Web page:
ding HoodThe tale of Little Red Riding Hood has transformed a great deal through the course of time. Numerous reasons can be attributed for this change. These include, but are not limited to, the opinion of the author, expectations of the audience or readers, and what was socially acceptable during the time period. One small element that stuck out was the differences in the underlying moral at the endings of the three tales.
A large difference is seen between the ending of the first rendition of Little Red Riding Hood and the other two versions that will be discussed. In The Story of Grandmother, Little Red Riding Hood uses her wit to escape unharmed from the wolf. Rather than a dire warning it appears to be a coming-of-age story in which the girl is not punished for turning from a child to a woman, she tricks the wolf and escapes. An interesting detail to note in this version is that she unknowingly eats part of her grandmothers flesh and drinks her blood. There is no implied reason for this facts significance in the story, but it may be a reference to societies that practiced cannibalism in the past who believed that by eating their enemy, they would take on their strength. The girl in this story appears to be growing up and taking on the knowledge and wisdom of her grandmother. She can deal with the threat of the wolf in her own way and uses this knowledge, wisdom, and maturity to escape.
Charles Perraults tale of Little Red Riding-Hood ends on a more negative tone and conveys a rather different message. The underlying moral in this tale seems much clearer. Do not stray from your path and dont talk to strangers. If you do, then you will be punished for your actions. In the end, Little Red Riding Hood is clearly punished for her actions because the evil wolf eats her. This moral is carried out further because grandmother is also eaten. She is being punished for foolishness in allowing the wolf in to begin with. This tale implies that there is no sympathy for those who commit these acts and they are not forgiven in the end. In other words, people who mess up do not receive a second chance.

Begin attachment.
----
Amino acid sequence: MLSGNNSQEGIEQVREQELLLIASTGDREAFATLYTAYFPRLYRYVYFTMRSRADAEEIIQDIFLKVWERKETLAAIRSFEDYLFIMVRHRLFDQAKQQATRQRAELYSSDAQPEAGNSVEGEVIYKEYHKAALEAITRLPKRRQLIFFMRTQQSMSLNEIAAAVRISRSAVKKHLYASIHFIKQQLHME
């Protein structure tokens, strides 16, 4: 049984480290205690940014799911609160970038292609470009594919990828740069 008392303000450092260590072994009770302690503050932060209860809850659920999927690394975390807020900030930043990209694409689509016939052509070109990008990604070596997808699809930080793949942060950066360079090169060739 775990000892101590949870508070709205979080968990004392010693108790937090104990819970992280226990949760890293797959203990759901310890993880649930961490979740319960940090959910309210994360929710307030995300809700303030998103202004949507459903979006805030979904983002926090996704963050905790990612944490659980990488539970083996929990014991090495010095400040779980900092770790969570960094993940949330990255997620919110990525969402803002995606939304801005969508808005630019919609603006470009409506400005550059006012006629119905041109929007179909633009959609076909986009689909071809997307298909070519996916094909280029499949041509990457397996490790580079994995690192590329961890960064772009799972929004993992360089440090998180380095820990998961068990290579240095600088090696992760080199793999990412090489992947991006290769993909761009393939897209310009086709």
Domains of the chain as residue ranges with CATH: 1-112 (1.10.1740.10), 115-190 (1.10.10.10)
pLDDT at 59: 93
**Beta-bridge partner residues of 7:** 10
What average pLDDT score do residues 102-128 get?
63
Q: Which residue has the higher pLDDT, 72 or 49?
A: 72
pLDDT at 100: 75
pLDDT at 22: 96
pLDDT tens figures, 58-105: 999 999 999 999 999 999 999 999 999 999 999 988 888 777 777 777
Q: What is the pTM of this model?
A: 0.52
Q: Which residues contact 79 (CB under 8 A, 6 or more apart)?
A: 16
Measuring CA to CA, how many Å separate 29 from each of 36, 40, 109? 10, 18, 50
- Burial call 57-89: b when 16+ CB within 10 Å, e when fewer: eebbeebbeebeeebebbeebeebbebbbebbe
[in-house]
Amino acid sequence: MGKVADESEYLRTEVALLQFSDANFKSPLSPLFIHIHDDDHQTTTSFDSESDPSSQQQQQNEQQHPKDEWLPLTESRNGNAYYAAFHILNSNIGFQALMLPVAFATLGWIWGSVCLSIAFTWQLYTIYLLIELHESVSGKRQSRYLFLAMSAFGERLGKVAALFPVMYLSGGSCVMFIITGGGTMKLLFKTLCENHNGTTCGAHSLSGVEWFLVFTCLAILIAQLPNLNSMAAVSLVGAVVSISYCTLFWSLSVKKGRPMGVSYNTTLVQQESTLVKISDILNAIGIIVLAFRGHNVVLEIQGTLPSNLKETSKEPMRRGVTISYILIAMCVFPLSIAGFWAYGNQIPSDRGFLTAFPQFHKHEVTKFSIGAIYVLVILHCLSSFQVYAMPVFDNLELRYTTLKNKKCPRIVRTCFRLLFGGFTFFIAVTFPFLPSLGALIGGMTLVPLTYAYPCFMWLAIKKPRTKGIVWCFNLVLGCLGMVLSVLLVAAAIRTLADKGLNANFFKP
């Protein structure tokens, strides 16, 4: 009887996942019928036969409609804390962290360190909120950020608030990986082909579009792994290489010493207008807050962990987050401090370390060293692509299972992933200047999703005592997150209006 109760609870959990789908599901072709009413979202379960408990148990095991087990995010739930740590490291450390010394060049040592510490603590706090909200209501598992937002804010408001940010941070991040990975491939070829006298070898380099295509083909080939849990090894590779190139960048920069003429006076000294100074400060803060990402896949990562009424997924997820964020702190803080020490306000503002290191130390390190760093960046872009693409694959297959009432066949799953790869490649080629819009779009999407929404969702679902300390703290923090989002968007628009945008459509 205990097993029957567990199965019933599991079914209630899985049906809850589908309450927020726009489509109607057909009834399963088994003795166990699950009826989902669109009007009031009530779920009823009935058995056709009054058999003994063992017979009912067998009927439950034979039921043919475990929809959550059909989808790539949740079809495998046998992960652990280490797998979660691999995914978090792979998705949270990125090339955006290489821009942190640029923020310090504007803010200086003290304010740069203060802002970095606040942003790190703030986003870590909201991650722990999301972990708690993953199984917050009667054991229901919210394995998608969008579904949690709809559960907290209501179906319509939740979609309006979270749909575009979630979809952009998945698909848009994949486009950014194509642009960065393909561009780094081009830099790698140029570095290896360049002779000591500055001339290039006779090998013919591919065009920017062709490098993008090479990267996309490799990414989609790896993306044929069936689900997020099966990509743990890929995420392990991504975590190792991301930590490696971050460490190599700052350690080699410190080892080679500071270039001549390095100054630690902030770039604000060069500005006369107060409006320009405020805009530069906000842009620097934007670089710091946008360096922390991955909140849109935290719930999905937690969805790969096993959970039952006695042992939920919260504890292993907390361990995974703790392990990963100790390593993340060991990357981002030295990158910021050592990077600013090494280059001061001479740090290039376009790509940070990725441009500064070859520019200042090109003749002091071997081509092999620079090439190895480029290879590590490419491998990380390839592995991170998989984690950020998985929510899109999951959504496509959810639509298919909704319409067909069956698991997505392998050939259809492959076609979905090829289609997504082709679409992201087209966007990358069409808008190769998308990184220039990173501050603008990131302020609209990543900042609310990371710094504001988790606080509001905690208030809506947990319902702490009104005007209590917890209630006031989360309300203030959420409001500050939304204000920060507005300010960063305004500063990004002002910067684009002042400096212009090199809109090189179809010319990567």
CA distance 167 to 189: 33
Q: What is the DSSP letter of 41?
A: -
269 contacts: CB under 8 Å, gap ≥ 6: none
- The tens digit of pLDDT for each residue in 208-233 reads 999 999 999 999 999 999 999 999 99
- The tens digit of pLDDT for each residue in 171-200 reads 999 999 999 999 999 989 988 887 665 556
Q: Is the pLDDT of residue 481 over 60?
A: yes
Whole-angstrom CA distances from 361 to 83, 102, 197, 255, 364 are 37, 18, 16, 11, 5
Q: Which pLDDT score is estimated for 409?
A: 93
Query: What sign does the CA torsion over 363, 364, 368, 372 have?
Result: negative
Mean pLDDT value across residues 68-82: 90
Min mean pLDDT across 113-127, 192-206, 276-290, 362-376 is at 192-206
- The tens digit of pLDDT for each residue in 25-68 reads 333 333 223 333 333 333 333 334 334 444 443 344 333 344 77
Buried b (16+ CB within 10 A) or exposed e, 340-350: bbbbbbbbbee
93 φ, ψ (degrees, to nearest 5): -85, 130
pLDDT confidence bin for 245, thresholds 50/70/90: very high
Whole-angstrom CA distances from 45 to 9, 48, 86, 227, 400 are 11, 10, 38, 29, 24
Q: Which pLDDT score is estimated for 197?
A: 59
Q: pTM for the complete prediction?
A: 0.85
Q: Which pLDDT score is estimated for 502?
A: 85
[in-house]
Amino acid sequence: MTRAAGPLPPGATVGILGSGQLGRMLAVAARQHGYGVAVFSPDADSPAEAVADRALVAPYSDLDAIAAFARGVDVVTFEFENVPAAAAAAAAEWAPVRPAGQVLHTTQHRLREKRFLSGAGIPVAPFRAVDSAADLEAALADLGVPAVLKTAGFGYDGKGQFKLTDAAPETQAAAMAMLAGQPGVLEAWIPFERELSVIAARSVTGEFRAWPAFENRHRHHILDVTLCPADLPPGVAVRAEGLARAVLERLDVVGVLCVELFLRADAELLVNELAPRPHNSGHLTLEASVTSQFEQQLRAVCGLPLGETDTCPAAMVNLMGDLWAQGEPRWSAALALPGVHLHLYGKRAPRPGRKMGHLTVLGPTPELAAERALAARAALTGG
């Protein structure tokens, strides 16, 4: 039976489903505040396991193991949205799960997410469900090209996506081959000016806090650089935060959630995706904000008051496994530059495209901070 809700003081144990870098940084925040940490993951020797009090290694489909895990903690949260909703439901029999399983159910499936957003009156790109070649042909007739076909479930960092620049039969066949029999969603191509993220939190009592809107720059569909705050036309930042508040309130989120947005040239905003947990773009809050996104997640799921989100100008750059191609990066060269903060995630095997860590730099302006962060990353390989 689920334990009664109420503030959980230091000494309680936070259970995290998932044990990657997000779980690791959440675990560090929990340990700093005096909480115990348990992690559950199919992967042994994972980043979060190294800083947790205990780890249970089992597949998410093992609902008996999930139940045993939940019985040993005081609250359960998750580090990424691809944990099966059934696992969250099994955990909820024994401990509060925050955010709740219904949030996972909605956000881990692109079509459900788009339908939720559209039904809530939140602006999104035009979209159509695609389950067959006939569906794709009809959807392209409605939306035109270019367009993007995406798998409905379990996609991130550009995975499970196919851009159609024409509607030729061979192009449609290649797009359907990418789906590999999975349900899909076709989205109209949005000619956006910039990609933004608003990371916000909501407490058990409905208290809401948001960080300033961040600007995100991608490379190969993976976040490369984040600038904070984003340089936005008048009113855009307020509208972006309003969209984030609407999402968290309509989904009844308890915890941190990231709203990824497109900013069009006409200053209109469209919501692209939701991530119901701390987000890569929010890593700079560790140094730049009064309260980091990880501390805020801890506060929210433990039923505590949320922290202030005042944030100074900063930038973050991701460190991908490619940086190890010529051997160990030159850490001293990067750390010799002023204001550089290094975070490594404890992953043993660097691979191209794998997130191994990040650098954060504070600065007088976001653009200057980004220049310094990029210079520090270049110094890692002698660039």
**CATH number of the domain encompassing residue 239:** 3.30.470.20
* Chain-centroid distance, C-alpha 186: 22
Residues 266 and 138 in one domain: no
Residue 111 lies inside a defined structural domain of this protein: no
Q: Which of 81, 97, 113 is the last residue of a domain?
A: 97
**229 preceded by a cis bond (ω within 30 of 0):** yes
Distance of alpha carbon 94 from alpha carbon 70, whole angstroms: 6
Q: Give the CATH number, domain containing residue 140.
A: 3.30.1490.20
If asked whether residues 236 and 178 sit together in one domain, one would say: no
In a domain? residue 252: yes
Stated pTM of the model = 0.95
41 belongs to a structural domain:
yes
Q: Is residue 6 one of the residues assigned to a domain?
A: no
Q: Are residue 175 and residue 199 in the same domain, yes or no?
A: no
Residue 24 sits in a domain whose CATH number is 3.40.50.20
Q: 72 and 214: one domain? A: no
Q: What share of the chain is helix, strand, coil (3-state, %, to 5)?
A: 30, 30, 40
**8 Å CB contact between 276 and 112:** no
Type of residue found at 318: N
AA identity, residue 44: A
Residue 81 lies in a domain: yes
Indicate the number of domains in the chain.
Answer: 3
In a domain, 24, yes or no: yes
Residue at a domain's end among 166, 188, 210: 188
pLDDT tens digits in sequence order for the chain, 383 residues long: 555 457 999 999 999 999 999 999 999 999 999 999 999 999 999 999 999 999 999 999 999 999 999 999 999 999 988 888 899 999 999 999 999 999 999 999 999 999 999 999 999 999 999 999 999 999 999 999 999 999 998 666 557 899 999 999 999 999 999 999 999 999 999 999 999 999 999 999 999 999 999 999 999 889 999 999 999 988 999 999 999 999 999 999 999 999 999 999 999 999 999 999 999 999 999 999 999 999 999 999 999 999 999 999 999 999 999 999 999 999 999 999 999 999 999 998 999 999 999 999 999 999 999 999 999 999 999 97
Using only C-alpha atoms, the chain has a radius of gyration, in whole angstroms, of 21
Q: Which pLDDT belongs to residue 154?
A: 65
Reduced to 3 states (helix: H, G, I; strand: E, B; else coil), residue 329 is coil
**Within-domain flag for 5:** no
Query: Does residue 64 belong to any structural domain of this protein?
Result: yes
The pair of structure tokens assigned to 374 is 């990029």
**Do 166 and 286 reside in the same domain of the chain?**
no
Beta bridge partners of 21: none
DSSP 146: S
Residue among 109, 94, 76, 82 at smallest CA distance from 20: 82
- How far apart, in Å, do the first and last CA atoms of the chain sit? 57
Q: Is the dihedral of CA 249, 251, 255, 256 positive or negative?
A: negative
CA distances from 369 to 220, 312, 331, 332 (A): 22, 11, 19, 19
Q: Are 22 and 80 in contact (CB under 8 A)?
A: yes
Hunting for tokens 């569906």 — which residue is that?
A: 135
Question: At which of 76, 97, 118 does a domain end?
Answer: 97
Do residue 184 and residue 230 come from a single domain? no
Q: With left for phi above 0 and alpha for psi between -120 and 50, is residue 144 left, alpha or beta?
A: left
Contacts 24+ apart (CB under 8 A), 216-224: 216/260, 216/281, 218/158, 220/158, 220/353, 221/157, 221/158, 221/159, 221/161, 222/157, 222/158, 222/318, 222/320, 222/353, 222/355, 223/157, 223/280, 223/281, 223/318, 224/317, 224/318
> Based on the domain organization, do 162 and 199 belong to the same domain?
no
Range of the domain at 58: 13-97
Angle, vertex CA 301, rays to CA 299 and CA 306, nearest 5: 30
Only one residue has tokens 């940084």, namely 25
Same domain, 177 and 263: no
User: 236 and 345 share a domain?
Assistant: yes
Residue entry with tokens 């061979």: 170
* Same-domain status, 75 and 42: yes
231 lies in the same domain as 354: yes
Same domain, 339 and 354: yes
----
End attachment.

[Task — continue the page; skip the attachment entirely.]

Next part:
The Grimms tale of Little Red Cap ends on the most positive note of the three renditions that have been looked at. The story has both Little Red Riding Hood and grandmother being eaten by the wolf. In the end, grandmother and the girl need a man to save them from their peril, while the original heroine takes on the wisdom which comes with age, and survives on her own wits. This also says something about societys opinion of the role of women during this time. The wolf is punished for the first time in this version. His body is filled with stones and the huntsman removes his skin. It is possible that the wolf is punished, if not for trying to eat Little Red Riding Hood and grandmother, then for being lazy and falling asleep in grandmothers bed instead of somewhere safe. The main difference here is that Little Red Riding Hood is punished for her actions but then is forgiven and allowed to learn from her mistake.
Altering the underlying moral is an integral element to the story. It reflects the changing views of the author and society between one time period and another. At one point it was generally agreed upon that people should not be forgiven for their wrongdoings. When this view had changed, that element of the story was changed as well. The case is the same in the role of women throughout history. There was a time when the step for a girl to grow up and become an independent woman was looked upon in a positive manner. This perspective changed and later, when women were expected to be subservient and dependent upon a man, a newer version of the story reflected the current view.